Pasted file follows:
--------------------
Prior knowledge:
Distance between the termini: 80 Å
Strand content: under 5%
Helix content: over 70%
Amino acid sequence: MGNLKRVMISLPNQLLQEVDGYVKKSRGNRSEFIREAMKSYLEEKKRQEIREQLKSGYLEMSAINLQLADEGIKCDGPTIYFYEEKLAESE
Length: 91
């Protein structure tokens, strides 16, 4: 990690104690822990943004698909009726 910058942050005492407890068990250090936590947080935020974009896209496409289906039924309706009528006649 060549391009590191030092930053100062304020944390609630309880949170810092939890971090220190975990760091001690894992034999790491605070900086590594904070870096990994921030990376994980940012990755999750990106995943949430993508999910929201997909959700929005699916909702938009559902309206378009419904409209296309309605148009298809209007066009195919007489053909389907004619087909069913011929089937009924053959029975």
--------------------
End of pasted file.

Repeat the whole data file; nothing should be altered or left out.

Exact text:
Prior knowledge:
Distance between the termini: 80 Å
Strand content: under 5%
Helix content: over 70%
Amino acid sequence: MGNLKRVMISLPNQLLQEVDGYVKKSRGNRSEFIREAMKSYLEEKKRQEIREQLKSGYLEMSAINLQLADEGIKCDGPTIYFYEEKLAESE
Length: 91
């Protein structure tokens, strides 16, 4: 990690104690822990943004698909009726 910058942050005492407890068990250090936590947080935020974009896209496409289906039924309706009528006649 060549391009590191030092930053100062304020944390609630309880949170810092939890971090220190975990760091001690894992034999790491605070900086590594904070870096990994921030990376994980940012990755999750990106995943949430993508999910929201997909959700929005699916909702938009559902309206378009419904409209296309309605148009298809209007066009195919007489053909389907004619087909069913011929089937009924053959029975």